With the ACLU and NAACP historical arguments on anti-civil rights forces trying to use the First Amendment to defeat civil rights gains as a backdrop, the Lambda Legal Defense and Education Fund brief brings that argument to the present day and highlights the impact a ruling in favor of the challengers would have for the LGBT community as well as those living with HIV. Not surprisingly, the impact would be devastating.

Never before has the Supreme Court allowed a commercial business to ignore a regulation simply because it offends the religious beliefs of the business owners, the fund notes. While there are some laws already in place to protect LGBT persons and those with HIV from discrimination in the employment context, a ruling on behalf of the challengers would be an open invitation to re-litigate the issue as religious conservatives have long tried to use religious objections to justify discrimination on the basis of sex, sexual orientation, or disability.

In fact, we’re already seeing that very thing play out, as conservative lawmakers in places like Kansas and Arizona consider legislation that would affirmatively grant the right of business owners to discriminate against LGBT persons on the basis of religious objection. And in New Mexico, a lawsuit against an Albuquerque couple who operate a commercial photography business and refused to photograph same-sex couples on the basis of their religious objection has already made its way before the Roberts Court, with the business owners asking the Supreme Court to grant them an exemption based on their religious objections to the state’s public accommodations law, which makes refusing service to anyone on the basis of their sex or sexual orientation illegal.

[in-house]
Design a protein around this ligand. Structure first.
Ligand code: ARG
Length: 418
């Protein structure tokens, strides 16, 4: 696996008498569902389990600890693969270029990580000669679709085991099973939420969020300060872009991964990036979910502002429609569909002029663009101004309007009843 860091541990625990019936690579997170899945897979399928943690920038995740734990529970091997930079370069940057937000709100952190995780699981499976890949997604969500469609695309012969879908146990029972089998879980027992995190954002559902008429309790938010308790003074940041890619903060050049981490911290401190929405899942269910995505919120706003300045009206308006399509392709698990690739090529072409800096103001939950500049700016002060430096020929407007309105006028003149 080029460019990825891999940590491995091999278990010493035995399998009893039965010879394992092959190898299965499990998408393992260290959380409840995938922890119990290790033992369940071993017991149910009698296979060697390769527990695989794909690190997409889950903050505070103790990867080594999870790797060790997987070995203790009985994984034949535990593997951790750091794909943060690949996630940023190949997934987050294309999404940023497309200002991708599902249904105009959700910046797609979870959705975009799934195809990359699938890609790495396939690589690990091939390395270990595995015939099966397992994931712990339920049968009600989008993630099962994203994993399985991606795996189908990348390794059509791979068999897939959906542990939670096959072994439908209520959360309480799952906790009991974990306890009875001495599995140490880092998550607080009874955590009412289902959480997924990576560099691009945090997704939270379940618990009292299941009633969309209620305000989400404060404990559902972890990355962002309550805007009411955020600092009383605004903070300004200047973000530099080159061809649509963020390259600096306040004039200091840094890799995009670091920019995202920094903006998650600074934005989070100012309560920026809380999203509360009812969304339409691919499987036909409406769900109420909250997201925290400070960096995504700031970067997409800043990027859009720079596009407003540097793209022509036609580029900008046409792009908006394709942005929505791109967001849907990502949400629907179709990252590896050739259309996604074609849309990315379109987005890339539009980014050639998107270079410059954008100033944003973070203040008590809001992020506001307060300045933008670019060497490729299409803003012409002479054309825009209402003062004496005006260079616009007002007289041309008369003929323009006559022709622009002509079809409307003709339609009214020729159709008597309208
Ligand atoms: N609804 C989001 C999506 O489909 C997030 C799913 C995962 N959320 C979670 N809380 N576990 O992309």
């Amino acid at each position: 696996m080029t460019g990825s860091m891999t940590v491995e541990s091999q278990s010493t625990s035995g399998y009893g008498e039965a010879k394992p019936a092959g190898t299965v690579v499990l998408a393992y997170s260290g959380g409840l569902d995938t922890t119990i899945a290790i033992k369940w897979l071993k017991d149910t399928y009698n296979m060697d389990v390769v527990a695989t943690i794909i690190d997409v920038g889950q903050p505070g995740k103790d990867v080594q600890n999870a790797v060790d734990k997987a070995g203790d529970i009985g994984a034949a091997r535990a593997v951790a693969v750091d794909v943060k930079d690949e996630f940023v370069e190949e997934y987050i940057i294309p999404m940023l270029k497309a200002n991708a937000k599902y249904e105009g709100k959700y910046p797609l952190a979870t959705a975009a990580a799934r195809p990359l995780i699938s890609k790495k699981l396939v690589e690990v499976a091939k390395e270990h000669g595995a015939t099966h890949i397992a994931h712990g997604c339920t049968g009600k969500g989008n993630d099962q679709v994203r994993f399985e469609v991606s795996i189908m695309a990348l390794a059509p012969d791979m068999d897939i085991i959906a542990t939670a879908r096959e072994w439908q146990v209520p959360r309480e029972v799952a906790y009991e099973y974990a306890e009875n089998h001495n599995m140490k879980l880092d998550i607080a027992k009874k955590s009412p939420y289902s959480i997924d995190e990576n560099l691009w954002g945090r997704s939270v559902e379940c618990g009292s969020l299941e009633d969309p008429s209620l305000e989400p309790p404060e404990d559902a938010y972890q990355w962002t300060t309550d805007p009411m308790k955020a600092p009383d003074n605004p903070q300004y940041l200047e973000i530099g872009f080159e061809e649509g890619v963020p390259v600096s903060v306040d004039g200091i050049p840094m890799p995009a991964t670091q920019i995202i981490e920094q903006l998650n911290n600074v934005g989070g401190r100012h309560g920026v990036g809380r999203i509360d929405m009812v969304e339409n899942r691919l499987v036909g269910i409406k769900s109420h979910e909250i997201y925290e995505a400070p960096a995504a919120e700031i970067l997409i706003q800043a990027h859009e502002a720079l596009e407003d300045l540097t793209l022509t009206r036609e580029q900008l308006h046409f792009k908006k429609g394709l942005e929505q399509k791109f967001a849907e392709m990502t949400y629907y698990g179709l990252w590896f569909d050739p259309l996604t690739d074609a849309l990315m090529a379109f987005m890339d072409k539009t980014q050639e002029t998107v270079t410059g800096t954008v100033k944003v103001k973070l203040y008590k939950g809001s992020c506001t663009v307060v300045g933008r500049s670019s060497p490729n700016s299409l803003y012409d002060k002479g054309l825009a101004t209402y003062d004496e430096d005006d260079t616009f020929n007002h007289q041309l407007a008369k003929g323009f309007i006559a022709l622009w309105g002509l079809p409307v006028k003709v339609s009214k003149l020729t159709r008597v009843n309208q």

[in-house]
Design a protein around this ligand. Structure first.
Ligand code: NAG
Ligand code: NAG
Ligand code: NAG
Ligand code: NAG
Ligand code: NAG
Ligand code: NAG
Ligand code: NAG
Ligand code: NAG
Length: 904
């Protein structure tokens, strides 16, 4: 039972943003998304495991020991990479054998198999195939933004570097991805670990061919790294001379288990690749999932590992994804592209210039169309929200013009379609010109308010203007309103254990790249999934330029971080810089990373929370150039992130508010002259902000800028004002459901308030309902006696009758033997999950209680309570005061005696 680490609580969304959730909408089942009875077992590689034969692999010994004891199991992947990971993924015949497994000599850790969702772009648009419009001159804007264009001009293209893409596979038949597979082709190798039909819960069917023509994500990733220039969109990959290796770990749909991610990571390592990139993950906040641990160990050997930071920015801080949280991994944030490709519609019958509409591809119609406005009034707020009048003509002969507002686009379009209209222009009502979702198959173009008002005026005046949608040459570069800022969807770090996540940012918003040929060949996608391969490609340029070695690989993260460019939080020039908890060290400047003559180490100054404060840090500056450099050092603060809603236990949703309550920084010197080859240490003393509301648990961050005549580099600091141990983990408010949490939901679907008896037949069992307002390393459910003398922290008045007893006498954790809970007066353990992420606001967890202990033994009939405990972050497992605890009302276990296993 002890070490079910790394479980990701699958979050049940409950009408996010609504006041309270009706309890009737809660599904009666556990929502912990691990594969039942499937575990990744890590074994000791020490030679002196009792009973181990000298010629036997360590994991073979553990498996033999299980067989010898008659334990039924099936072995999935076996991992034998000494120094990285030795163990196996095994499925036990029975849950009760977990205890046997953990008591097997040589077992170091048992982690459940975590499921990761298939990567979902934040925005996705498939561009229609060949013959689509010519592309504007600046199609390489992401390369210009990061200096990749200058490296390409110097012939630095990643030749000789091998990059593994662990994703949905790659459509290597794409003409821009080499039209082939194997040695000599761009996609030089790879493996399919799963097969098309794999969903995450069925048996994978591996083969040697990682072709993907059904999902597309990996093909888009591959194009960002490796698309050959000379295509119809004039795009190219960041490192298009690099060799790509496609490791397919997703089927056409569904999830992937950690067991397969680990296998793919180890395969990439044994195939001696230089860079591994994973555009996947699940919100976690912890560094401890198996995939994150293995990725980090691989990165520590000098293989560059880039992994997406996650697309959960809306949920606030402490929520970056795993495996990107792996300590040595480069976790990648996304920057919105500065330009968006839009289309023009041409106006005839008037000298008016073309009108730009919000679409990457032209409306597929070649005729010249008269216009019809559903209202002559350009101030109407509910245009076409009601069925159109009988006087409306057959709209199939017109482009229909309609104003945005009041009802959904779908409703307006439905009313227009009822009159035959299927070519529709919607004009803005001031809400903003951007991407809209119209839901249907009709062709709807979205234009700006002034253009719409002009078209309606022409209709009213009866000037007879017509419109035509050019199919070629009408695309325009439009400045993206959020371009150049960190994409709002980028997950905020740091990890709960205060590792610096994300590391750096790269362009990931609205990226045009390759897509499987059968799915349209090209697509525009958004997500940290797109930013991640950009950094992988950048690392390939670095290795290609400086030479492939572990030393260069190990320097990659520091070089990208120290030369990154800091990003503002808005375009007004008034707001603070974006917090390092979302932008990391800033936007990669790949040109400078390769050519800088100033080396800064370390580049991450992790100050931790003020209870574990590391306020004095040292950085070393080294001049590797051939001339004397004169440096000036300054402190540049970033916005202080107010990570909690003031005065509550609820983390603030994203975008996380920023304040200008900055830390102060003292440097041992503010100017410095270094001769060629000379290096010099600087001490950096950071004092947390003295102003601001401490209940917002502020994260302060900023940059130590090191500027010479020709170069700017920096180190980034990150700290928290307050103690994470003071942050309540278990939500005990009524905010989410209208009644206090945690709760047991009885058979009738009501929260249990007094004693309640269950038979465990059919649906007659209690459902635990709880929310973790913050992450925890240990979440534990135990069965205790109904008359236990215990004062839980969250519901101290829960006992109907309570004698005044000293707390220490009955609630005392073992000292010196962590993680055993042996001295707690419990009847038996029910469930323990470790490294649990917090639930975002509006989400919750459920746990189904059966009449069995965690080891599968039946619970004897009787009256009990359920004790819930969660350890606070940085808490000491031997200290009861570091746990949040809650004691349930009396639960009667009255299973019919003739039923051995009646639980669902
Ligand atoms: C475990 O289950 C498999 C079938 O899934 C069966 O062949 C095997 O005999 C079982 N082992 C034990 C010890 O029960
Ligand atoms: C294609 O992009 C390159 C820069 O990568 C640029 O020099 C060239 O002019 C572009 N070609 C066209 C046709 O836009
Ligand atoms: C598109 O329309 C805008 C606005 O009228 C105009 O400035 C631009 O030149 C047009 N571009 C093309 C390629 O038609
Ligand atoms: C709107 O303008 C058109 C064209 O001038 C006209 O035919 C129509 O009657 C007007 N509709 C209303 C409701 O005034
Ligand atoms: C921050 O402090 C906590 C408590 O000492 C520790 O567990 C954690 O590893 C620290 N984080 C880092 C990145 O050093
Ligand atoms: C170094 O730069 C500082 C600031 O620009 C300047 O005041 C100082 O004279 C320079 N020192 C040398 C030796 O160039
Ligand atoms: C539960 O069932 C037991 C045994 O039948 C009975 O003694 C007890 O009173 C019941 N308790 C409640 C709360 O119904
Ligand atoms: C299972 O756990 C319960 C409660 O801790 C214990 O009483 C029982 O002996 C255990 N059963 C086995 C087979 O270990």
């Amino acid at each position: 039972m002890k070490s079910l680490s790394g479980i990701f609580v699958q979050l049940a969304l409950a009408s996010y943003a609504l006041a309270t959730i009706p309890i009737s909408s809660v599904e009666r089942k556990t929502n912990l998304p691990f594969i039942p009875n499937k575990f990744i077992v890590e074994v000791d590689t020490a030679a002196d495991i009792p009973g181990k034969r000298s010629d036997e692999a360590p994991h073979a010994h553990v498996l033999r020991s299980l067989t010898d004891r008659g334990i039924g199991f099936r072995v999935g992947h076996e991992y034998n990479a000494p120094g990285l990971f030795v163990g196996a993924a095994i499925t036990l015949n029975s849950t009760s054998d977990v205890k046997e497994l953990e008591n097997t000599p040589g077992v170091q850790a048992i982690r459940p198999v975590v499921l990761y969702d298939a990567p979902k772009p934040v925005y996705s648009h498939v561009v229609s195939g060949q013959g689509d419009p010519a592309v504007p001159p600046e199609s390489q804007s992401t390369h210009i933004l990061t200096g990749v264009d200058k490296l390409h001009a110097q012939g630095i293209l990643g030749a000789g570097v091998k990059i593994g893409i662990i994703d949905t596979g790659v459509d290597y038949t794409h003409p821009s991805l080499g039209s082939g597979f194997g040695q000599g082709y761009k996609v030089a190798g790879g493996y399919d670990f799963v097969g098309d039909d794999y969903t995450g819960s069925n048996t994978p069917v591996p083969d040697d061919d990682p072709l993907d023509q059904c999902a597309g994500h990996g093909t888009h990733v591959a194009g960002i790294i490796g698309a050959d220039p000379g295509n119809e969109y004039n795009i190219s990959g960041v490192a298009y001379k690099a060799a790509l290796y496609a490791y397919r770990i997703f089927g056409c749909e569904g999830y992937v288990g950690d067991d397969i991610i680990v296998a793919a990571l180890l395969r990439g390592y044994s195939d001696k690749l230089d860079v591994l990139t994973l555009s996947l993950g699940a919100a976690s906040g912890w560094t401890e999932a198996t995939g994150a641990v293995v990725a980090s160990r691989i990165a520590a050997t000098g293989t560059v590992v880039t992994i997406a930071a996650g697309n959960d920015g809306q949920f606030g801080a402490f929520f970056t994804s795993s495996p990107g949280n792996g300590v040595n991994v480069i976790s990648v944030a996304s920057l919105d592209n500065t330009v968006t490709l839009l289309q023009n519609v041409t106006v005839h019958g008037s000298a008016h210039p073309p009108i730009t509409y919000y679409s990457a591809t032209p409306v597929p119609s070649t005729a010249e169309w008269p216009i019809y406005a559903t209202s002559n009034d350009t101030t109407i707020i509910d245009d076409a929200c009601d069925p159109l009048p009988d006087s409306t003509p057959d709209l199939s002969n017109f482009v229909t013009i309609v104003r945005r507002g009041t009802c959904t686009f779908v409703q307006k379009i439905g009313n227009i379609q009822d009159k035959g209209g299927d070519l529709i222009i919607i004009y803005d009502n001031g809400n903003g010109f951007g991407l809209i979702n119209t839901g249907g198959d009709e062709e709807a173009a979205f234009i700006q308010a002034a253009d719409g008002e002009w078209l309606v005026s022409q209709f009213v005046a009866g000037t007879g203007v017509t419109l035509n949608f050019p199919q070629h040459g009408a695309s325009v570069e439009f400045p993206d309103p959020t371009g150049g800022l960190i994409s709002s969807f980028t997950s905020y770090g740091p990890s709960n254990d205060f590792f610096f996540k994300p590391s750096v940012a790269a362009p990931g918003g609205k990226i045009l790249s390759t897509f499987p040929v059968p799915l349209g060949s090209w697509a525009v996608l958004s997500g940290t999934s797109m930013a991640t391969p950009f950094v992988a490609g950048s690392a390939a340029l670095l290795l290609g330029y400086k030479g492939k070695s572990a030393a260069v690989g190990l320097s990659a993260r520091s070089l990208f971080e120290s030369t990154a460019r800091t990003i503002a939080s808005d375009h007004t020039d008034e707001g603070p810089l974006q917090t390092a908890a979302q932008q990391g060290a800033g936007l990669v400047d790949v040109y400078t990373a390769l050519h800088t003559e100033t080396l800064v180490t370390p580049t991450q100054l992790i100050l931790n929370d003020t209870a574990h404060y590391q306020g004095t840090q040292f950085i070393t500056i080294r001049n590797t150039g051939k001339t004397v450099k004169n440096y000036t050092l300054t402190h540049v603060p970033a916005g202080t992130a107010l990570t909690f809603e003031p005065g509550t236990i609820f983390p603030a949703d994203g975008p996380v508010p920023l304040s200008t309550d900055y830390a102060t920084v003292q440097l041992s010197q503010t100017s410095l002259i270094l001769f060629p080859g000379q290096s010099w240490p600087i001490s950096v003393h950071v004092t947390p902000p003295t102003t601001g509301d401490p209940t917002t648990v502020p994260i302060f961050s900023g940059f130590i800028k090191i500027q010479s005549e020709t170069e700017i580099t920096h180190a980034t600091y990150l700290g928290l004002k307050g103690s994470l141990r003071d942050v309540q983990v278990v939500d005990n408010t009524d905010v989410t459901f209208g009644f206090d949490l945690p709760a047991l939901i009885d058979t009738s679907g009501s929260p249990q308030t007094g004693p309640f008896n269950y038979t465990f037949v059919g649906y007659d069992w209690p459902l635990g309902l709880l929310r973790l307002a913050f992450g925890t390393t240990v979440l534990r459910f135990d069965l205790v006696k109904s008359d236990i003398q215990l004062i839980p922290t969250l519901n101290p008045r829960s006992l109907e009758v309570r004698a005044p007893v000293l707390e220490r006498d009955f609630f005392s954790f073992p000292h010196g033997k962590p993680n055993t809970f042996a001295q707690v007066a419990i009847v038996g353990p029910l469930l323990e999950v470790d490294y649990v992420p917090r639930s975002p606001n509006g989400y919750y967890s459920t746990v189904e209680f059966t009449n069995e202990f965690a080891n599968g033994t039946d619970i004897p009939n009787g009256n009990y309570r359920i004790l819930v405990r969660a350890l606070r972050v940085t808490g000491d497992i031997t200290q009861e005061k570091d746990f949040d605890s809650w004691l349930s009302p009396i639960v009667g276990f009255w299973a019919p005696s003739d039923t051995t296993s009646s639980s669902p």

3. Centuries of corporate law will go up in smoke.

Sure, compared to civil rights history and law, corporate law is undeniably drier. But as a group of law professors argue, it is also undeniably at risk of being upended should the Roberts Court accept the basic proposition that corporations can take on the beliefs of their owners. The corporate and criminal law professors detail many key concepts of corporate law at risk, most notably the fact that shareholders/owners rely on the corporation’s separate existence from its shareholders/owners to shield them from personal liability. This corporate shield encourages investment and innovation, which helps markets generally, meaning that ultimately businesses have more to lose then gain in siding with Hobby Lobby.

Should the Court side with the Hobby Lobby and Conestoga plaintiffs, then it is practically inviting religious objections to any federal regulation. In fact, similar to the religious objections bubbling up in response to marriage equality, this anti-regulation for the sake of it argument is already apparent in the for-profit challenges to the contraception mandate. Take, for example, the Eden Foods case, in which the owner, in an interview with Salon, said he didn’t object to offering birth control to his employees so much as he objected to the federal government telling him to do anything. A broad ruling in favor of the plaintiffs could take that attitude and use it to challenge everything from tax laws to environmental protections—which is, of course, exactly the point.